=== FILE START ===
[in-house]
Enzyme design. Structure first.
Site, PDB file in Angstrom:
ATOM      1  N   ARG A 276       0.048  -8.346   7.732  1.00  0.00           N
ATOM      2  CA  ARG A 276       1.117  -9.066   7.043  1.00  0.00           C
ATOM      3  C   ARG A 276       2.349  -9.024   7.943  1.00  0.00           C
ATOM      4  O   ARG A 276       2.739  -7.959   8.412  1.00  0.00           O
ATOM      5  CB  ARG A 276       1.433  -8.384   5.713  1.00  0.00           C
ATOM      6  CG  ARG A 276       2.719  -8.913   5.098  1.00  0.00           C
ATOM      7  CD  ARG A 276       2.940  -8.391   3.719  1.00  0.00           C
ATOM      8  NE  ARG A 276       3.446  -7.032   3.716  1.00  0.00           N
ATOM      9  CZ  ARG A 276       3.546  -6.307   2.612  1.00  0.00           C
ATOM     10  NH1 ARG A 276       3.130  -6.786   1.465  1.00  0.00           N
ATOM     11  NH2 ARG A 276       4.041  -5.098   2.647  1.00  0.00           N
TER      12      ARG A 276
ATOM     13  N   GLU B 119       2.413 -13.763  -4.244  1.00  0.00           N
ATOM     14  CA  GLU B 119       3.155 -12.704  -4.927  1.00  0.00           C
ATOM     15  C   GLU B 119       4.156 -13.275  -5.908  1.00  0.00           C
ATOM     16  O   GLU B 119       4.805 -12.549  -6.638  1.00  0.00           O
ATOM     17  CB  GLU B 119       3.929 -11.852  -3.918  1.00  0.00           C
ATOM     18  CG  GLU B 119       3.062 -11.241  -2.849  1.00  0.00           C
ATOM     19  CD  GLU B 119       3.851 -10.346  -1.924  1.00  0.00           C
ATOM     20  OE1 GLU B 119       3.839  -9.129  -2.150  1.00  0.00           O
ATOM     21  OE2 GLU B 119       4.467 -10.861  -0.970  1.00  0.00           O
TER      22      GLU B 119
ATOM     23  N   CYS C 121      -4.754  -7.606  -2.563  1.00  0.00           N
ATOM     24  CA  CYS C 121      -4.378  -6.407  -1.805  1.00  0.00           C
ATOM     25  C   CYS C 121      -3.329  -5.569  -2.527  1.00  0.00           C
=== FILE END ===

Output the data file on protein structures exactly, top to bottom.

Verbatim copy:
[in-house]
Enzyme design. Structure first.
Site, PDB file in Angstrom:
ATOM      1  N   ARG A 276       0.048  -8.346   7.732  1.00  0.00           N
ATOM      2  CA  ARG A 276       1.117  -9.066   7.043  1.00  0.00           C
ATOM      3  C   ARG A 276       2.349  -9.024   7.943  1.00  0.00           C
ATOM      4  O   ARG A 276       2.739  -7.959   8.412  1.00  0.00           O
ATOM      5  CB  ARG A 276       1.433  -8.384   5.713  1.00  0.00           C
ATOM      6  CG  ARG A 276       2.719  -8.913   5.098  1.00  0.00           C
ATOM      7  CD  ARG A 276       2.940  -8.391   3.719  1.00  0.00           C
ATOM      8  NE  ARG A 276       3.446  -7.032   3.716  1.00  0.00           N
ATOM      9  CZ  ARG A 276       3.546  -6.307   2.612  1.00  0.00           C
ATOM     10  NH1 ARG A 276       3.130  -6.786   1.465  1.00  0.00           N
ATOM     11  NH2 ARG A 276       4.041  -5.098   2.647  1.00  0.00           N
TER      12      ARG A 276
ATOM     13  N   GLU B 119       2.413 -13.763  -4.244  1.00  0.00           N
ATOM     14  CA  GLU B 119       3.155 -12.704  -4.927  1.00  0.00           C
ATOM     15  C   GLU B 119       4.156 -13.275  -5.908  1.00  0.00           C
ATOM     16  O   GLU B 119       4.805 -12.549  -6.638  1.00  0.00           O
ATOM     17  CB  GLU B 119       3.929 -11.852  -3.918  1.00  0.00           C
ATOM     18  CG  GLU B 119       3.062 -11.241  -2.849  1.00  0.00           C
ATOM     19  CD  GLU B 119       3.851 -10.346  -1.924  1.00  0.00           C
ATOM     20  OE1 GLU B 119       3.839  -9.129  -2.150  1.00  0.00           O
ATOM     21  OE2 GLU B 119       4.467 -10.861  -0.970  1.00  0.00           O
TER      22      GLU B 119
ATOM     23  N   CYS C 121      -4.754  -7.606  -2.563  1.00  0.00           N
ATOM     24  CA  CYS C 121      -4.378  -6.407  -1.805  1.00  0.00           C
ATOM     25  C   CYS C 121      -3.329  -5.569  -2.527  1.00  0.00           C